Land owners warned against use of land guards
Yilo Krobo (E/R), March 19, GNA - The District Chief Executive of the Yilo Krobo District Assembly, Mr Christian Tettey, has warned land owners and traditional authorities that, the government would not tolerate the use of land guards as a means of settling land disputes. He noted that the activities of land guards, which had started emerging in Yilo Krobo and other districts, had the potential of generating clan and family conflicts, thereby posing security threat to the nation.
Mr Tettey, who was opening a one-day private sector sensitisation and validation workshop under the Land Administration Project (LAP) at Somanya on Friday, called on the people to go to the courts to settle any land disagreement instead of resorting to the use of land guards. The workshop, which was organized by the office of the Stool Lands Administrator, was attended by traditional rulers, land owners, Area Council members and district heads of Ministries, Departments and Agencies (MDAs).
It was meant to educate them on the government's Land Inventory Programme (LIP), which starts from June to September, this year. The LIP aimed at strategizing ways to identify among other things, land acquired by the government and which compensations had been paid but were not fully utilized.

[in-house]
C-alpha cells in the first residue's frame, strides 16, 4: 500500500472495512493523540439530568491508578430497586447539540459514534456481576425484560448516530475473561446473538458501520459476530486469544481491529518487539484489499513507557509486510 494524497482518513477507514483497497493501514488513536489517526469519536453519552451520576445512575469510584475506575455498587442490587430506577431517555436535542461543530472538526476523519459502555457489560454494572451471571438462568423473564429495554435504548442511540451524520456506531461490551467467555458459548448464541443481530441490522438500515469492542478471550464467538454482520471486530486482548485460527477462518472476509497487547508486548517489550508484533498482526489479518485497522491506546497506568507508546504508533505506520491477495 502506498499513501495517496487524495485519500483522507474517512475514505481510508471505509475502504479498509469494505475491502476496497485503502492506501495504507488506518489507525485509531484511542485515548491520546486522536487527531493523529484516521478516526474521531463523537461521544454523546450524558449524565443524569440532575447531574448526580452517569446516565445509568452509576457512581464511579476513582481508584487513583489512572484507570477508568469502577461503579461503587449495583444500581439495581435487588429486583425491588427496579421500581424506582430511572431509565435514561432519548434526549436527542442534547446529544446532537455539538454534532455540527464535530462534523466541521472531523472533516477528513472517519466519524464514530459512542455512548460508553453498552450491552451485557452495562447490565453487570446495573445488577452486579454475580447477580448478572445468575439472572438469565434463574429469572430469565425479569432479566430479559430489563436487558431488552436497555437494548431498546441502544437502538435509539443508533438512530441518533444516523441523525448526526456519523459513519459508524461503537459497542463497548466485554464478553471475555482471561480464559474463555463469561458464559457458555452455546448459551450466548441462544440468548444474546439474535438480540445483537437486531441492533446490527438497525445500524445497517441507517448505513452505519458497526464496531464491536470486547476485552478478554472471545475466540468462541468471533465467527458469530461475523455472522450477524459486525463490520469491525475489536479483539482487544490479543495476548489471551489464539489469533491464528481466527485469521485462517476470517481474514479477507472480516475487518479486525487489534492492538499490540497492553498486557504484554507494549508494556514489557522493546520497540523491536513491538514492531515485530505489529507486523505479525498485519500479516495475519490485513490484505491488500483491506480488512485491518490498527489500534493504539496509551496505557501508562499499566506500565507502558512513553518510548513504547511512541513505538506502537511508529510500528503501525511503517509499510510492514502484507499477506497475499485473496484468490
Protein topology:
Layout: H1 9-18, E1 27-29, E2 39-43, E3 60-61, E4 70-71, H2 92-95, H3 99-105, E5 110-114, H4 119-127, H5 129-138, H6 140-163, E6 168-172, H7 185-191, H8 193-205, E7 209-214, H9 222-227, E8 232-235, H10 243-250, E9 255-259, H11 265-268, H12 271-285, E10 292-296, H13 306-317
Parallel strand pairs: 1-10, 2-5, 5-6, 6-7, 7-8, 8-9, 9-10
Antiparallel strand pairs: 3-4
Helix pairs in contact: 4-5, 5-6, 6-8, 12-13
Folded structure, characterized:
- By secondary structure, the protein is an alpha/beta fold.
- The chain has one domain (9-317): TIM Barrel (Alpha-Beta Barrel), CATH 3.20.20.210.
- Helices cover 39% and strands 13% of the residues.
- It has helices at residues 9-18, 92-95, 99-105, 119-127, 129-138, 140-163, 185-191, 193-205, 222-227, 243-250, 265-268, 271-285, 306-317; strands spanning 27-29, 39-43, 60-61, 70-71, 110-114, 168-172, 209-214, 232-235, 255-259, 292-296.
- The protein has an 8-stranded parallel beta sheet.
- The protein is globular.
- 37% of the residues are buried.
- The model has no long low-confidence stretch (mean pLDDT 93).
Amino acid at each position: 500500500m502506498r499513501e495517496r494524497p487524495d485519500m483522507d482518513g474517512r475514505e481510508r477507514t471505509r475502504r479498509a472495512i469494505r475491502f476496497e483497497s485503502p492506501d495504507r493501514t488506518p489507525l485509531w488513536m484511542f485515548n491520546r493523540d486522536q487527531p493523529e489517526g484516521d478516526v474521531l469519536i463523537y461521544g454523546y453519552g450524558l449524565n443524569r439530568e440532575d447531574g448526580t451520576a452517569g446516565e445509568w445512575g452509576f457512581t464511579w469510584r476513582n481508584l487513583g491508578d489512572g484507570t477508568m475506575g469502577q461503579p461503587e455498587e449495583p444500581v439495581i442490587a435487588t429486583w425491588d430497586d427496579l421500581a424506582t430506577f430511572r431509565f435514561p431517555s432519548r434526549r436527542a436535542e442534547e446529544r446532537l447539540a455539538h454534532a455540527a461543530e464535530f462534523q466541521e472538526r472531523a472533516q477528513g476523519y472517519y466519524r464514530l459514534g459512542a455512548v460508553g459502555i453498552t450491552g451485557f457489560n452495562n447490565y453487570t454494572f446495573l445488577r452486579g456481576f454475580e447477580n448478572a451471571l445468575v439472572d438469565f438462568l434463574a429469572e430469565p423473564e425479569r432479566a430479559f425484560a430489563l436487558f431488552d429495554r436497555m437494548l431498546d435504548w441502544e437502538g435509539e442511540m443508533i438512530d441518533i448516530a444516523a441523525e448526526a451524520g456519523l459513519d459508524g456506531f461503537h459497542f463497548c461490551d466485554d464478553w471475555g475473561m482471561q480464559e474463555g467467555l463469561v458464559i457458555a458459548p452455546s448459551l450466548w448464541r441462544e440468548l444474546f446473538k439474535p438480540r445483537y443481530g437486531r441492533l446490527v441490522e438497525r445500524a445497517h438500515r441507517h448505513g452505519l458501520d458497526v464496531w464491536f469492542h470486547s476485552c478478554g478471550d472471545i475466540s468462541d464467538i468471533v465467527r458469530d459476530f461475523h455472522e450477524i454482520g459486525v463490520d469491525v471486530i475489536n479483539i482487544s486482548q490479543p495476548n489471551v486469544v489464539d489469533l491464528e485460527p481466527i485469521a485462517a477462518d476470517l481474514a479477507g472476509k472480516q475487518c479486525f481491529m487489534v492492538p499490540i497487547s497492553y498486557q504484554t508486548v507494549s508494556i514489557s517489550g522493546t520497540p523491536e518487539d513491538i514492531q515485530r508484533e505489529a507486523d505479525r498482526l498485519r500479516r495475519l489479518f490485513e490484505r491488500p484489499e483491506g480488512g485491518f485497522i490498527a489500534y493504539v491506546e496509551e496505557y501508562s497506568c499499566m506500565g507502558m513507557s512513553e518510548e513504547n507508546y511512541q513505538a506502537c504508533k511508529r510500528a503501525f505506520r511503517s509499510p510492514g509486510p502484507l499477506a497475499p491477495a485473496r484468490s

It would also target lands that were acquired by the government and occupied but no compensation had been paid.
Mr Wilfred Anim-Odame of the Land Valuation Board, who is also the LIP Task Force leader, said they also hoped to document those lands that were acquired but were not used for the purpose of acquisition. He said four districts in the Eastern Region, including Yilo Krobo, Manya Krobo, Birim North and Suhum/Kraboa/Coaltar districts and three in the Brong Ahafo have been earmarked for the first phase of the programme.
Mr Anim-Odame said the exercise would help government agencies to update their records of landed assets to facilitate easy access to information on the lands.
He said it would also enable the government to formulate and implement its policies on compulsorily acquired lands and payment of compensation.
Mr Anim-Odame appealed to traditional authorities to volunteer information so as to enable the team to have a comprehensive list of state acquired and occupied lands for the inventory exercise.